Promote Pretend Play. This sort of play is more than just an excuse to put on costumes, or play police, it develops imagination, language, problem-solving skills, and an understanding of symbolism, analogy, and metaphor. As they play with dolls or action figures, make up stories, become lions and tigers, or sail the seas in cardboard boxes, children are using and developing their imaginations. They begin to navigate with ease between the real and imaginary worlds while maintaining clear boundaries between what is real and what is fantasy. They are manipulating symbols and metaphors by substituting one object for another or creating a new object entirely. They are also learning how to imagine something and then give it concrete expression – through a story, a drawing, a play, or an object that they create or transform. This process in itself generates even more ideas. Child-development specialists see a strong connection between children’s levels of pretend or symbolic play and their ability to engage in divergent or creative thinking – to generate a variety of ideas and associations to solve a problem, come up with new ideas, free associate, and show fluidity and independence in thinking. Play along when your kids turn your mop into a witch's broomstick or an empty paper towel roll into a telescope. Give them stacks of recyclables, broken appliances, cardboard boxes, and other materials to use as props.
Take Notes! A common characteristic of inventors and other creative people is their ability to imagine, to think visually and spatially. Many inventors talk about the experience of seeing an invention whole in their mind’s eye before they even know if it will work or not. This kind of thinking requires knowledge of tools and materials. It also takes time and space for reflection – it could be on a walk, in the shower, or sitting in the subway. Many inventors featured in the exhibition talk about having a “dreaming place.” When asked to pick their favorite tool, inventors often choose a pencil or a notebook. That’s because a second common characteristic of inventors is that they capture their ideas. They draw them, write them down, build models and prototypes, or create simulations. It’s not enough to have dreams – you must capture and express them! Give your child an inventor’s notebook – a journal containing notes and jottings or a sketchbook or set of drawings. Or download the Lemelson Center’s Spark! Lab Inventor’s Notebook here.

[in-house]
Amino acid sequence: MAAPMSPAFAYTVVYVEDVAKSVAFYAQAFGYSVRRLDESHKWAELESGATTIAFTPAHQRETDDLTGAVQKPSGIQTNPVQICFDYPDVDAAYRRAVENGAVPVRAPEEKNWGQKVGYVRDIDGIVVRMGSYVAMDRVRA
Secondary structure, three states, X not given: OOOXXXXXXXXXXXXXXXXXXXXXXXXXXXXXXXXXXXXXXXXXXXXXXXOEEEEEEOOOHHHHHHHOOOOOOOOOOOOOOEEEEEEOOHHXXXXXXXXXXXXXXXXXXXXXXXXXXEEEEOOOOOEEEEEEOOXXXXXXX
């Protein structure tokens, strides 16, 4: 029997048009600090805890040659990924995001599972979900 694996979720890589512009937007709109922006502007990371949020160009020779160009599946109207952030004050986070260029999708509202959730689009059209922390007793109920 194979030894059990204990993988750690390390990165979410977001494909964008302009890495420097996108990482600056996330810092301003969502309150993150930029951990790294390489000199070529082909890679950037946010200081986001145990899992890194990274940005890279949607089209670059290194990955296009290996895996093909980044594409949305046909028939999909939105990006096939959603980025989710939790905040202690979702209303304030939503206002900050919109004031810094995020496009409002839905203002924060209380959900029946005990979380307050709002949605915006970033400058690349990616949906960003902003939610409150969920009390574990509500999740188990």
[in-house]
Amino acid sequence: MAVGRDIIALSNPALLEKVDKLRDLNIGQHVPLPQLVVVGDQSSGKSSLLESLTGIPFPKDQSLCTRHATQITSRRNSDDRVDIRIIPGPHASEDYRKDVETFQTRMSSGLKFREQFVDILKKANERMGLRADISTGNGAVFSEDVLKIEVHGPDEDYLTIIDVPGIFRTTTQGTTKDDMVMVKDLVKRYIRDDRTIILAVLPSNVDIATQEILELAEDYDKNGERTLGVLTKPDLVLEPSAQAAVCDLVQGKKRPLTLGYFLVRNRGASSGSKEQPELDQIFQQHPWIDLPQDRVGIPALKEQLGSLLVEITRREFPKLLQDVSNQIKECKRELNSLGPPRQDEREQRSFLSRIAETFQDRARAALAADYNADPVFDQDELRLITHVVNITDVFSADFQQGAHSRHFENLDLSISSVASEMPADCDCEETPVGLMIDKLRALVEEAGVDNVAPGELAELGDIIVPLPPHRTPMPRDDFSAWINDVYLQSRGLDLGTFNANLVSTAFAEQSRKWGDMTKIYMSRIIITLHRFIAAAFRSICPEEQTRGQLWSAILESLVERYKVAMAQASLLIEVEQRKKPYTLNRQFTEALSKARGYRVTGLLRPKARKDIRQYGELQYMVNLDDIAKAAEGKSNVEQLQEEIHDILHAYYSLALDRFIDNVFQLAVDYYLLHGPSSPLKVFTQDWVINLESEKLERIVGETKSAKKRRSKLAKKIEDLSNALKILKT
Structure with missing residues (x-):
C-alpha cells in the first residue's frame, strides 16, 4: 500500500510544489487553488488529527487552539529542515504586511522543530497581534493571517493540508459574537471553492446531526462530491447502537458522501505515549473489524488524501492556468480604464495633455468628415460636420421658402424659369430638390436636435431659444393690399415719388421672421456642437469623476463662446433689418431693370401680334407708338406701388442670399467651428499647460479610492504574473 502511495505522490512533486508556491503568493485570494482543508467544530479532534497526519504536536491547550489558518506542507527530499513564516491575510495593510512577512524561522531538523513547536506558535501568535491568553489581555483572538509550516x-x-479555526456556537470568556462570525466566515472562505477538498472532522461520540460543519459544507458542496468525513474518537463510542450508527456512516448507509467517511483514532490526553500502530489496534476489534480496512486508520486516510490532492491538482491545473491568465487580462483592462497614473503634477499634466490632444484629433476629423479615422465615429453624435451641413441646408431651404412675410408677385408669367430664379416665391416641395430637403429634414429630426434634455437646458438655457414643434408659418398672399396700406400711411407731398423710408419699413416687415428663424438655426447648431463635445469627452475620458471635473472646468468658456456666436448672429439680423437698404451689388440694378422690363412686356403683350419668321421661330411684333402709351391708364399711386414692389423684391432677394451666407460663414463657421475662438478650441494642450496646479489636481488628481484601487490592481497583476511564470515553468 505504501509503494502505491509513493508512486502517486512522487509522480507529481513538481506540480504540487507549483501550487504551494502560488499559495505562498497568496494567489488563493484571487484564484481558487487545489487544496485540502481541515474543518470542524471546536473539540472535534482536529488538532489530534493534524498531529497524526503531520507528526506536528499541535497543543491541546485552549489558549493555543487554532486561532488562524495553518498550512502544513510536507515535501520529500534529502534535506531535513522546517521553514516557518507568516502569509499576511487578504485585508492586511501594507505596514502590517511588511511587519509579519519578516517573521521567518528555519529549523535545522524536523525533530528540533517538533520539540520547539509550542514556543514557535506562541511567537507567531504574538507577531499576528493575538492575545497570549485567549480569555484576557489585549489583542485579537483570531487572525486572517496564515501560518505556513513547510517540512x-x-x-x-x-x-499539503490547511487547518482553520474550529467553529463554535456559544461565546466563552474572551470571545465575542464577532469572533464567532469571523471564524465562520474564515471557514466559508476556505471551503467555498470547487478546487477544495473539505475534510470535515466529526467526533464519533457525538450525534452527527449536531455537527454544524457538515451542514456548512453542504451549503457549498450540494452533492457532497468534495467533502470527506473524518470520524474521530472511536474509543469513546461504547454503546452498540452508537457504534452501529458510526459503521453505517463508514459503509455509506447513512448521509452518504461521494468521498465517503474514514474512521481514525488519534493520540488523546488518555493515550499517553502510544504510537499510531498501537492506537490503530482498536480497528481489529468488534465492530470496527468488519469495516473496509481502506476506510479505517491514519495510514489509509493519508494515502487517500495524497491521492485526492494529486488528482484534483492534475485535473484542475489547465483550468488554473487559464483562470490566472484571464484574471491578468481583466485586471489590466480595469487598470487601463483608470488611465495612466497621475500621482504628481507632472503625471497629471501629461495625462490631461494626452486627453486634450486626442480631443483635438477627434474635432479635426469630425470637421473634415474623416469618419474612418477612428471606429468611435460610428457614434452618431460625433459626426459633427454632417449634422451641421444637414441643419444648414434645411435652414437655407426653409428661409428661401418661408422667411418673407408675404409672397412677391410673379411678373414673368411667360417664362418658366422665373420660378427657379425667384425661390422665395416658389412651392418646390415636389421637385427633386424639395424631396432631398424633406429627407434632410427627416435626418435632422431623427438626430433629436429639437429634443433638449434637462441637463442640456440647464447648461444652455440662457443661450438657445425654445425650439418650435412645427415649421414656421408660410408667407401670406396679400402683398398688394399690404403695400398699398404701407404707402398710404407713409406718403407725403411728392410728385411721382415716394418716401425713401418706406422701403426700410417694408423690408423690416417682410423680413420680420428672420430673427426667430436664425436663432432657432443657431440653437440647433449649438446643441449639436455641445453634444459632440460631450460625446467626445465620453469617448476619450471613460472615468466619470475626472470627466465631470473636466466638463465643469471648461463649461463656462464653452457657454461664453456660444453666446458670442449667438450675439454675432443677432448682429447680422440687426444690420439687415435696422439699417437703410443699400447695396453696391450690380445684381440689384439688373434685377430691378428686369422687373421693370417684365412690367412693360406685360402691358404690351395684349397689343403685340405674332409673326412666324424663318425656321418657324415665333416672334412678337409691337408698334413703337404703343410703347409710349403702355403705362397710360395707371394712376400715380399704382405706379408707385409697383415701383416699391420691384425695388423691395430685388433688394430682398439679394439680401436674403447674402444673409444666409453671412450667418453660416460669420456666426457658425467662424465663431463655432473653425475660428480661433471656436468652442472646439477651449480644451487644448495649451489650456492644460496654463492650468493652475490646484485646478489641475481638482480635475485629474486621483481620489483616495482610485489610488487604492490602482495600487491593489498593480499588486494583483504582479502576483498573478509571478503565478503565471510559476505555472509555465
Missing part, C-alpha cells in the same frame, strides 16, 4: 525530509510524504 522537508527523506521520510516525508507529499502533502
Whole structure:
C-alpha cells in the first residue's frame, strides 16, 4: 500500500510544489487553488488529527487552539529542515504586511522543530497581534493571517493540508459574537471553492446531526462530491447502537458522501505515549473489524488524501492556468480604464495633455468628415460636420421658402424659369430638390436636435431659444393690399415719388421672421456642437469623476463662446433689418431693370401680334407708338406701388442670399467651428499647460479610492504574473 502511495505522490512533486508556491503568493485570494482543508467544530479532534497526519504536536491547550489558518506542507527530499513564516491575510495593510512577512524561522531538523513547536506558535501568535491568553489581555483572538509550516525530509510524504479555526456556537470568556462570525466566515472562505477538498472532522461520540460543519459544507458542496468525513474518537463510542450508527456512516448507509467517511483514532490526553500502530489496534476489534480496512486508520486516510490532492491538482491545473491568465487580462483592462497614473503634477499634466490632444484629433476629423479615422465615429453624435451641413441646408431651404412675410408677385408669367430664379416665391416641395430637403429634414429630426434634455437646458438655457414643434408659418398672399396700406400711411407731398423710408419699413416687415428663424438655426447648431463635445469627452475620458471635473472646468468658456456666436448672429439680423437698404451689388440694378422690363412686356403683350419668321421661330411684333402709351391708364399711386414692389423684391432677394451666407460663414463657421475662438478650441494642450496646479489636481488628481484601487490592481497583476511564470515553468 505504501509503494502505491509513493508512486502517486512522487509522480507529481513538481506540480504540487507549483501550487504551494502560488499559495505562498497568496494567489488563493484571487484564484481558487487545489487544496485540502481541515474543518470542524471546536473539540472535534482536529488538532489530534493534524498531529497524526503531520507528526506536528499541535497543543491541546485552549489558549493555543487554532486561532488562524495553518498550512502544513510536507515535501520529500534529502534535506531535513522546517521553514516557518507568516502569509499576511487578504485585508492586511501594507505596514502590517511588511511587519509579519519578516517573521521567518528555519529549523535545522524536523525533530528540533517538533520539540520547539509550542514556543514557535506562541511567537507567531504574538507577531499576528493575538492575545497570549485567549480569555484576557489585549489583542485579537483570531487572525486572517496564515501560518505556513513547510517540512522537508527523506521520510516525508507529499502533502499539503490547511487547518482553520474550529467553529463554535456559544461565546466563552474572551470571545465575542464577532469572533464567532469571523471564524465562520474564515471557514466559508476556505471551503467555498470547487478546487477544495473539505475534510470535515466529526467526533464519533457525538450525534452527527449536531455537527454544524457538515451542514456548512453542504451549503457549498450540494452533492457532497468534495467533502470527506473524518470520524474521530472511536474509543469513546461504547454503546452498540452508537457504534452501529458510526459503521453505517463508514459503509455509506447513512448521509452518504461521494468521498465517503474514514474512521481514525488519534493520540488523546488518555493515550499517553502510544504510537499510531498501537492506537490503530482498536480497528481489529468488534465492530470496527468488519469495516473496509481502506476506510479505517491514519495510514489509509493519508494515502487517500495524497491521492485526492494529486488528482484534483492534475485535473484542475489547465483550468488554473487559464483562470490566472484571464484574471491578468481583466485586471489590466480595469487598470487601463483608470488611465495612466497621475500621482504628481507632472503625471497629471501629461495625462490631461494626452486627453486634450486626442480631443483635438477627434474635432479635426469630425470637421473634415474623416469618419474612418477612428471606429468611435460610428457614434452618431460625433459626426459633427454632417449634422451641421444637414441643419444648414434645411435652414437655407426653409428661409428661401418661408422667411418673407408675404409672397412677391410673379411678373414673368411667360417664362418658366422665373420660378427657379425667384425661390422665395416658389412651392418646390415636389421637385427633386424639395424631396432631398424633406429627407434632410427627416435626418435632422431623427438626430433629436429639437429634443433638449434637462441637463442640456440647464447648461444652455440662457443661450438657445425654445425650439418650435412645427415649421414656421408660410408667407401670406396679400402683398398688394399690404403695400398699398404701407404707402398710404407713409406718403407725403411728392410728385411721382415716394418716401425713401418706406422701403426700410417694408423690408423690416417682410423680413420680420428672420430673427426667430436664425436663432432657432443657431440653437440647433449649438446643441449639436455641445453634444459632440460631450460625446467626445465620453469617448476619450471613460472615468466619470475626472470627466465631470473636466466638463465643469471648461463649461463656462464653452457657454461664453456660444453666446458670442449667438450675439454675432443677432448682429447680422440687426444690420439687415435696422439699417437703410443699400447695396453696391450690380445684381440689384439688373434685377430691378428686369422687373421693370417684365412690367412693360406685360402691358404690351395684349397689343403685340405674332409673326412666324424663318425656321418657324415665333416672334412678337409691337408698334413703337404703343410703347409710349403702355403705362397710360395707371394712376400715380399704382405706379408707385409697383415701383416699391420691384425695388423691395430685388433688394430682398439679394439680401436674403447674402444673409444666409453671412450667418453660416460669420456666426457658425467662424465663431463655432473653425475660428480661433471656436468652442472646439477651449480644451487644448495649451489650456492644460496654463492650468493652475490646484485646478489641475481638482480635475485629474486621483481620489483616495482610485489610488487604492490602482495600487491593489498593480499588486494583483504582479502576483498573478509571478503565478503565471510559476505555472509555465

Encourage Collaboration and Social Play. As children mature, they begin to interact more with other children. They learn about sharing and taking turns; about being in groups or on teams. They begin to understand that just because they know something does not mean that others know it too. They are learning to communicate, to say what they want to do or not do. This type of play is called “social play,” and it forms the basis for personal and social communication throughout life. In fact, communicating with others is an important part of the invention process. Brainstorming is a technique that many people use to get new ideas on the table. While an invention is being developed many inventors report discussing and testing it with family, friends, or colleagues. Inventors today often work as members of teams in laboratories or corporations. Learning to think out-of-the-box is an acquired skill-- it takes practice! To help children come up with ideas, allow them to brainstorm. Have them quickly list whatever ideas come into their minds, no matter how wild. When the ideas stop coming, have them pick the best ones and test them out. You can give children practice in brainstorming by asking them to think of different and unusual uses for a paper bag, a coat hanger, or a LEGO brick. Often when we ask children to brainstorm, we give everyone an opportunity to present an idea and then we move on to something else. Stretching ideas – and children’s minds – should involve keeping responses coming with a particular object, even if it means driving several more miles with your children in the car, as you expand their thinking skills.